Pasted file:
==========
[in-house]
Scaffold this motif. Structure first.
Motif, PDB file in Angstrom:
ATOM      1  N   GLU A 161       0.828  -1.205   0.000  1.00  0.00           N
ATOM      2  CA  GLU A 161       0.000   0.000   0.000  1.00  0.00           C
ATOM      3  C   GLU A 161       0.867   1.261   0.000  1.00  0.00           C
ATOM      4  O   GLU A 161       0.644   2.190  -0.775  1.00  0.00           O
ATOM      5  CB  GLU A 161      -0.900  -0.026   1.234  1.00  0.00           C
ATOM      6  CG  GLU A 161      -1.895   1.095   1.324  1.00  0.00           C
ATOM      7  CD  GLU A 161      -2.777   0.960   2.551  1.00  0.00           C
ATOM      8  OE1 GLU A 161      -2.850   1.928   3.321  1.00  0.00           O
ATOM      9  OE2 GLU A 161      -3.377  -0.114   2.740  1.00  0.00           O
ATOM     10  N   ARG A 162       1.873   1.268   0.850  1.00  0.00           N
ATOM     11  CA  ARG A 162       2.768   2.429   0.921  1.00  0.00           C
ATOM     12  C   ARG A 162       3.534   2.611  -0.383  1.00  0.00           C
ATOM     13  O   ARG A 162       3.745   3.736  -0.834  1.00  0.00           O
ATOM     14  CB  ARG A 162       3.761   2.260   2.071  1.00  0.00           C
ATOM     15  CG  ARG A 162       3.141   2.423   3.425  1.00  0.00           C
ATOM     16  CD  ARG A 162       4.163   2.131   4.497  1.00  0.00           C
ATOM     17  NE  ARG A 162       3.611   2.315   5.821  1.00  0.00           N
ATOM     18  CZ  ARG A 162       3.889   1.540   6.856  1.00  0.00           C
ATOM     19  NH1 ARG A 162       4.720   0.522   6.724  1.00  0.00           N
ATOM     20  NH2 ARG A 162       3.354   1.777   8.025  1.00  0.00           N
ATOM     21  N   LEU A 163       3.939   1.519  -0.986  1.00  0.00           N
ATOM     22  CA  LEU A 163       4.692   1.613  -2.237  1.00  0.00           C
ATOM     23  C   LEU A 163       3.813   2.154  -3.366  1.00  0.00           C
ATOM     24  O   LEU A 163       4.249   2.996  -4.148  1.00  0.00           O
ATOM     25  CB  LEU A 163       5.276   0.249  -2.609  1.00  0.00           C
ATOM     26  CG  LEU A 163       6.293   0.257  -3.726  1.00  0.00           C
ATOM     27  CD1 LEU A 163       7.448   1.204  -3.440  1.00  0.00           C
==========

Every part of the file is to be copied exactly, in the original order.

[in-house]
Scaffold this motif. Structure first.
Motif, PDB file in Angstrom:
ATOM      1  N   GLU A 161       0.828  -1.205   0.000  1.00  0.00           N
ATOM      2  CA  GLU A 161       0.000   0.000   0.000  1.00  0.00           C
ATOM      3  C   GLU A 161       0.867   1.261   0.000  1.00  0.00           C
ATOM      4  O   GLU A 161       0.644   2.190  -0.775  1.00  0.00           O
ATOM      5  CB  GLU A 161      -0.900  -0.026   1.234  1.00  0.00           C
ATOM      6  CG  GLU A 161      -1.895   1.095   1.324  1.00  0.00           C
ATOM      7  CD  GLU A 161      -2.777   0.960   2.551  1.00  0.00           C
ATOM      8  OE1 GLU A 161      -2.850   1.928   3.321  1.00  0.00           O
ATOM      9  OE2 GLU A 161      -3.377  -0.114   2.740  1.00  0.00           O
ATOM     10  N   ARG A 162       1.873   1.268   0.850  1.00  0.00           N
ATOM     11  CA  ARG A 162       2.768   2.429   0.921  1.00  0.00           C
ATOM     12  C   ARG A 162       3.534   2.611  -0.383  1.00  0.00           C
ATOM     13  O   ARG A 162       3.745   3.736  -0.834  1.00  0.00           O
ATOM     14  CB  ARG A 162       3.761   2.260   2.071  1.00  0.00           C
ATOM     15  CG  ARG A 162       3.141   2.423   3.425  1.00  0.00           C
ATOM     16  CD  ARG A 162       4.163   2.131   4.497  1.00  0.00           C
ATOM     17  NE  ARG A 162       3.611   2.315   5.821  1.00  0.00           N
ATOM     18  CZ  ARG A 162       3.889   1.540   6.856  1.00  0.00           C
ATOM     19  NH1 ARG A 162       4.720   0.522   6.724  1.00  0.00           N
ATOM     20  NH2 ARG A 162       3.354   1.777   8.025  1.00  0.00           N
ATOM     21  N   LEU A 163       3.939   1.519  -0.986  1.00  0.00           N
ATOM     22  CA  LEU A 163       4.692   1.613  -2.237  1.00  0.00           C
ATOM     23  C   LEU A 163       3.813   2.154  -3.366  1.00  0.00           C
ATOM     24  O   LEU A 163       4.249   2.996  -4.148  1.00  0.00           O
ATOM     25  CB  LEU A 163       5.276   0.249  -2.609  1.00  0.00           C
ATOM     26  CG  LEU A 163       6.293   0.257  -3.726  1.00  0.00           C
ATOM     27  CD1 LEU A 163       7.448   1.204  -3.440  1.00  0.00           C